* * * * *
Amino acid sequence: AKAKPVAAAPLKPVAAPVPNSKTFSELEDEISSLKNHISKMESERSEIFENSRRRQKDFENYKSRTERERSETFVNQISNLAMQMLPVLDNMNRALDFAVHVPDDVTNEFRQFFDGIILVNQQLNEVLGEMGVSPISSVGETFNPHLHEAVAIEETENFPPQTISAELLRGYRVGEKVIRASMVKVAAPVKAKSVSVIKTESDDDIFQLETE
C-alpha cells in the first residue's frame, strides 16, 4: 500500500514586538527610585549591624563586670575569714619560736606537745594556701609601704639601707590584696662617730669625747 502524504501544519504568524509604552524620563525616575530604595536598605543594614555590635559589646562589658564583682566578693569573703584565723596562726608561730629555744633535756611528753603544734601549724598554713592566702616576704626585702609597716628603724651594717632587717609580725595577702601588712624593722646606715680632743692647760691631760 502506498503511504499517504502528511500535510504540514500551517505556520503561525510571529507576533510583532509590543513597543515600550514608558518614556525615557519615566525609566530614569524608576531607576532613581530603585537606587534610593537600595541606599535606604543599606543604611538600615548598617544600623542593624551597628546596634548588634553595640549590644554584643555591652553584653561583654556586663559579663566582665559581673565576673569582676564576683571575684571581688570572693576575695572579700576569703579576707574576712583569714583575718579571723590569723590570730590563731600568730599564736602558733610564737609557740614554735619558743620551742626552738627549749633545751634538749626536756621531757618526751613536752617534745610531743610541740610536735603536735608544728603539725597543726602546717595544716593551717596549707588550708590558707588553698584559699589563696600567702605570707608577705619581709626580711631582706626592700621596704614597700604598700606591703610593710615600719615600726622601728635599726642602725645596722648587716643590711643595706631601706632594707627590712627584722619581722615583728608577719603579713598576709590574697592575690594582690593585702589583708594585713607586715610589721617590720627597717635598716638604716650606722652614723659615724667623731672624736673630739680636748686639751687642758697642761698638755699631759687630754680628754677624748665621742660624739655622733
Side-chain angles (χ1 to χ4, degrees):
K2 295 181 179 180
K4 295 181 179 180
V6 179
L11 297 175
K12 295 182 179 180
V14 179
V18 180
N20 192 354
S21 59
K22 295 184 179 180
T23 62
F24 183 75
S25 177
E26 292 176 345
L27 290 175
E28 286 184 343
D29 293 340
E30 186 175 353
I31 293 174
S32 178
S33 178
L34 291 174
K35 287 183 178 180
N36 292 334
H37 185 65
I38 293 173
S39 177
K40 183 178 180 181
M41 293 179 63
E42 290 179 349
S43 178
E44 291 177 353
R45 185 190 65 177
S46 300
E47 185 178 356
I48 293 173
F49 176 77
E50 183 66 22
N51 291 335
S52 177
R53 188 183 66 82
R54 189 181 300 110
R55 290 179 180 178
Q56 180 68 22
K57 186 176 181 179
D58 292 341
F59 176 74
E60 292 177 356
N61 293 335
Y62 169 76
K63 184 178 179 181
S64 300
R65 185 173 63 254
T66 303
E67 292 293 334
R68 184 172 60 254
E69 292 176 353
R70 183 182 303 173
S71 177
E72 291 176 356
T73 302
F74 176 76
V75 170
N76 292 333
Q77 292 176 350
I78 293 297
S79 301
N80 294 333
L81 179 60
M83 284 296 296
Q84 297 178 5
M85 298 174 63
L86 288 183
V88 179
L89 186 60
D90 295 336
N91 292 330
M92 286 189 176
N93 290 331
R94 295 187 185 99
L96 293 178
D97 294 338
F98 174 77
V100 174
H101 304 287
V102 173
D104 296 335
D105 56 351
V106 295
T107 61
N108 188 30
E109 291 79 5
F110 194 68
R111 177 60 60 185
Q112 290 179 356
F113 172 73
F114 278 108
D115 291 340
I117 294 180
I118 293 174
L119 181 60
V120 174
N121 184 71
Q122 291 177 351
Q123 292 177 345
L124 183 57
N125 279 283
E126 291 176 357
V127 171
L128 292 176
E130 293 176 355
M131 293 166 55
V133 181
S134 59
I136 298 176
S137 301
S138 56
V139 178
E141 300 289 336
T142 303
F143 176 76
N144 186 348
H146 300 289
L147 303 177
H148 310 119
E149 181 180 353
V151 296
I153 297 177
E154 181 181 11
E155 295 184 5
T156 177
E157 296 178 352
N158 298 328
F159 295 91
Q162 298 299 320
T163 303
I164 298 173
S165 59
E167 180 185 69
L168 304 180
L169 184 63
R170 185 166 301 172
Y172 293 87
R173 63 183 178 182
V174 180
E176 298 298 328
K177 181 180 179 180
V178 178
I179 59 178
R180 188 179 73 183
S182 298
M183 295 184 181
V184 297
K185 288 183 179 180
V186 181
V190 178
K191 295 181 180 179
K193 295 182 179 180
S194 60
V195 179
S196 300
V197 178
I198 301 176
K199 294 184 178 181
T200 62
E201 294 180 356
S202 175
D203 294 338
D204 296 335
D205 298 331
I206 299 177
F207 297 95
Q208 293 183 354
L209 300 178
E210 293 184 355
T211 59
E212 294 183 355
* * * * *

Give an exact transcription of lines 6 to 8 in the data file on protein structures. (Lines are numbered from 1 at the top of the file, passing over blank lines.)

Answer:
V6 179
L11 297 175
K12 295 182 179 180